Over the last several months I have met a lot of people working on their World War II family research. Some of these people come from a genealogy background where they are usually taught to search for collaterals to assist their research. Others come from a non-genealogy background where they are simply interested because they heard a story, someone’s birthday is coming up, or a family member recently passed. These people may not have ever heard or considered searching for anyone but their ancestor.
One example of searching for information on collaterals is my Flying Tiger, Robert Brouk. If I only wanted to know about his service, I could look for a service record, Flight School information, genealogical resources, his Air Force Accident Report, and his IDPF. I could interview family members and see what photographs and memorabilia they have on his life.
Would I know the whole story? Would his story make sense to anyone else reading it if I wrote it without adding historical context or looking at the collaterals – those with whom he flew and served – to tell the story? Might I find some mention of him in someone else’s memoir or history?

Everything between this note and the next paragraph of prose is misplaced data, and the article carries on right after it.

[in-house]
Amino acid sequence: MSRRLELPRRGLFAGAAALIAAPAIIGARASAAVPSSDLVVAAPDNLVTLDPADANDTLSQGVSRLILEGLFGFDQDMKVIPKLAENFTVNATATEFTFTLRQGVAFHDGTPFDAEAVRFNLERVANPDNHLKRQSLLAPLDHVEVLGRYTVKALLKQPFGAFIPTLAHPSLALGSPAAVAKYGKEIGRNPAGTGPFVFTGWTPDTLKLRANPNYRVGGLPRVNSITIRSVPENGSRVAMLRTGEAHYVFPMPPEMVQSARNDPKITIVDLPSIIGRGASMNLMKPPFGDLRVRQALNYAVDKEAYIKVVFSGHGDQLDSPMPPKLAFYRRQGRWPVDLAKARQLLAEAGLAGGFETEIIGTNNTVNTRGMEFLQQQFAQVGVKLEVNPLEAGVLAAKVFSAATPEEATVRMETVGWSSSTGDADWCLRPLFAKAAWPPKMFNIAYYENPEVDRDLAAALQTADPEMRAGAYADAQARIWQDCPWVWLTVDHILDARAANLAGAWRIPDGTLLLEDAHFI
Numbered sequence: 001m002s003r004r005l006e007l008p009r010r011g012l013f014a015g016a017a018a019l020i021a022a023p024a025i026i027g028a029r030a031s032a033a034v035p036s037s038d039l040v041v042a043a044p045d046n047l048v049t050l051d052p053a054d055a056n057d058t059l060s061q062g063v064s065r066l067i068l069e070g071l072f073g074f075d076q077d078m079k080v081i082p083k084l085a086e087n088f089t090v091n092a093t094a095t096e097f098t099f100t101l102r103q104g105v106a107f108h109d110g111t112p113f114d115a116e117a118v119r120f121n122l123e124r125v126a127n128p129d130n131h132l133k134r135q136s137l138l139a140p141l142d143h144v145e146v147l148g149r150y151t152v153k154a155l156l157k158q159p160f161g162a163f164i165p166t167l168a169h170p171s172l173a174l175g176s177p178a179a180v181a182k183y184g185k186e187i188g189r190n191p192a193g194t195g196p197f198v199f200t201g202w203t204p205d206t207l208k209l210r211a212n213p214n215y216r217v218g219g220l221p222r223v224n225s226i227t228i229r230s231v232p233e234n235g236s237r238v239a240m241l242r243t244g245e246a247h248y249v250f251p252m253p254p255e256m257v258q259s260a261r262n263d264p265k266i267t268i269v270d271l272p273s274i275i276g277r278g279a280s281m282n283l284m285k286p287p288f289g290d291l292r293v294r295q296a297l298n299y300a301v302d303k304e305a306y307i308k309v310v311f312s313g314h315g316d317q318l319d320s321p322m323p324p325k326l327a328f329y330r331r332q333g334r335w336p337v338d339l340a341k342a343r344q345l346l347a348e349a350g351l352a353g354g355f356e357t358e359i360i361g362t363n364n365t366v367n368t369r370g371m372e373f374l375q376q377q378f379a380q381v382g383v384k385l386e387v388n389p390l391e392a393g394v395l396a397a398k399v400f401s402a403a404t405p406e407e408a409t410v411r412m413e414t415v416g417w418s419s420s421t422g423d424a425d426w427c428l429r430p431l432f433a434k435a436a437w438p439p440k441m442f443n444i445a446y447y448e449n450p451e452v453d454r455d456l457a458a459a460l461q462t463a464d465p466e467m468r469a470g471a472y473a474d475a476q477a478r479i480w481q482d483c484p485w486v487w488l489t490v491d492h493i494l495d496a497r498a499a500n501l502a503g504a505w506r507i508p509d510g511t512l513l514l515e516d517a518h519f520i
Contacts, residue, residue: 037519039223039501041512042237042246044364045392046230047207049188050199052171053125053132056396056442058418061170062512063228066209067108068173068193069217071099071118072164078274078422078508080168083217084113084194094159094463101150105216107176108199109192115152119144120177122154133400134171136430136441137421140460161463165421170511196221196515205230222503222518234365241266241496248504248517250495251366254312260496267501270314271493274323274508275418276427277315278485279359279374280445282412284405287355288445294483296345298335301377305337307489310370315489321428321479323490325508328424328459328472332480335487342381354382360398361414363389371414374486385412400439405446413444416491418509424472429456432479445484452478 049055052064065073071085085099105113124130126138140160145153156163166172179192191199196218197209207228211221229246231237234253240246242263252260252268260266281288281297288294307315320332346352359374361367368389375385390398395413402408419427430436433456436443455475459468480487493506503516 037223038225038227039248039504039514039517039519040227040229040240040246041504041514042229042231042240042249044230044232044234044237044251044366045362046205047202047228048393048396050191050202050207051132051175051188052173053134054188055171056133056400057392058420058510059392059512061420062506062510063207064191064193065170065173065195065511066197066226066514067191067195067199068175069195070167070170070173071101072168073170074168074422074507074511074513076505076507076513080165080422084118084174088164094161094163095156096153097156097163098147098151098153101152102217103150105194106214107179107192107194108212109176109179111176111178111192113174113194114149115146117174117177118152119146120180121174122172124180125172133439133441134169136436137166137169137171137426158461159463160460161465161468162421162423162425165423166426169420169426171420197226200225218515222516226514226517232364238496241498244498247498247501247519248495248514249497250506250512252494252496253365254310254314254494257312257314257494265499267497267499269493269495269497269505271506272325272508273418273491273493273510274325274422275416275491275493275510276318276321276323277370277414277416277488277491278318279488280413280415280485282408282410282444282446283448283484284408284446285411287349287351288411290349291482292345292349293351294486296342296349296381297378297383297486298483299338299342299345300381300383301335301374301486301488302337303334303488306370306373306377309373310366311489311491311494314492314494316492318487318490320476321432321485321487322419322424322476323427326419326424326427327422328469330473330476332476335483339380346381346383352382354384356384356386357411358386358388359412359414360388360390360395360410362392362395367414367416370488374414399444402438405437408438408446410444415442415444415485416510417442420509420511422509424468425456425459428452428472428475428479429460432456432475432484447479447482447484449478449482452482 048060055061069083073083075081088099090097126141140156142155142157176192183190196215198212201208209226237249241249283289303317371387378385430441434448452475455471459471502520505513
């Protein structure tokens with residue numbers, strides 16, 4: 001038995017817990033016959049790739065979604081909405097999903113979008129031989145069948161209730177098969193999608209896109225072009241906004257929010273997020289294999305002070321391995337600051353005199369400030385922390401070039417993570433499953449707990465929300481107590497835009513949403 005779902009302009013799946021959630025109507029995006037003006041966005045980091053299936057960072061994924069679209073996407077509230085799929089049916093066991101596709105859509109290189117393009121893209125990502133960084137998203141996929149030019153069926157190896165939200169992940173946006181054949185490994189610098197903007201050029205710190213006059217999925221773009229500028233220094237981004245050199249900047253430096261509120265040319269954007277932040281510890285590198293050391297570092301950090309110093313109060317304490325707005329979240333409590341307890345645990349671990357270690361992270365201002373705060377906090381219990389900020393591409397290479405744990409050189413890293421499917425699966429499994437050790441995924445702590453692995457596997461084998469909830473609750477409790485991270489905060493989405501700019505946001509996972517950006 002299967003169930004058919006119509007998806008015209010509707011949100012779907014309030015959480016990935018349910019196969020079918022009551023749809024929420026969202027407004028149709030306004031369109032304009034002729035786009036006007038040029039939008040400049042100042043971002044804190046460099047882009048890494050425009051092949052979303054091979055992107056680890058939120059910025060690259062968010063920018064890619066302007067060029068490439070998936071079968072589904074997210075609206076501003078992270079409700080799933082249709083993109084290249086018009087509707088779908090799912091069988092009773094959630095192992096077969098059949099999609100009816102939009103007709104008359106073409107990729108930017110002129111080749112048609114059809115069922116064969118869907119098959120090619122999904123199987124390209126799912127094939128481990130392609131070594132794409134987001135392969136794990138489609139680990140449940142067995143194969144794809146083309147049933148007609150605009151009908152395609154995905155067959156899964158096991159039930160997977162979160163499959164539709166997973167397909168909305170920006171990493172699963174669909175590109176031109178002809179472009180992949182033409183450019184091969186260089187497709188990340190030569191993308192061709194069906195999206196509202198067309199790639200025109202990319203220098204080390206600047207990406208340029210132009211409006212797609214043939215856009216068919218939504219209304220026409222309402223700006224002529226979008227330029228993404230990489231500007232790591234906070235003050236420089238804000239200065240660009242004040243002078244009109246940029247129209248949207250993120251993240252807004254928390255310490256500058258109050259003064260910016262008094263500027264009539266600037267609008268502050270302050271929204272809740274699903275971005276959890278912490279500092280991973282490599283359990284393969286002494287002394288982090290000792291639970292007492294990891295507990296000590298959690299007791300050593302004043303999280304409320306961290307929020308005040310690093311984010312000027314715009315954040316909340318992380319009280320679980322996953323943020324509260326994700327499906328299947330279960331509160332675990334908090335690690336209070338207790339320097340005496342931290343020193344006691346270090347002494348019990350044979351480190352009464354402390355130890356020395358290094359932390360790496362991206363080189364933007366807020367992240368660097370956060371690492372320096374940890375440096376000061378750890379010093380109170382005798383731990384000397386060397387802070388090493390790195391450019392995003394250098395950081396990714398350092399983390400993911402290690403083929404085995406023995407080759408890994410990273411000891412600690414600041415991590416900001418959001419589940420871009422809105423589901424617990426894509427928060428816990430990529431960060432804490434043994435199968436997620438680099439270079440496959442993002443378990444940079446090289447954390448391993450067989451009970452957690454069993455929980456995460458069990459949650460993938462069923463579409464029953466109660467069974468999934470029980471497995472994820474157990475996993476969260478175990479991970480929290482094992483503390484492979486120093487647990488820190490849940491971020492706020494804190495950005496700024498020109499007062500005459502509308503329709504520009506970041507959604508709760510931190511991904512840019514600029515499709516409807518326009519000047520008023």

No, I would not know the whole story, just his and it might not make complete sense without historical context. Who were the Flying Tigers? What was the AVG? Why was he flying in China against the Japanese before Pearl Harbor? If I look into the lives of the pilots in his squadron, histories of the Flying Tigers, and searched for collections of his leaders and others involved with the formation and disbandment of the Flying Tigers, I may uncover information I never expected.
This is why we should search for collaterals even if you are not pursing genealogical research. The collaterals can be extremely helpful.
© 2014, Jennifer Holik Woodridge, IL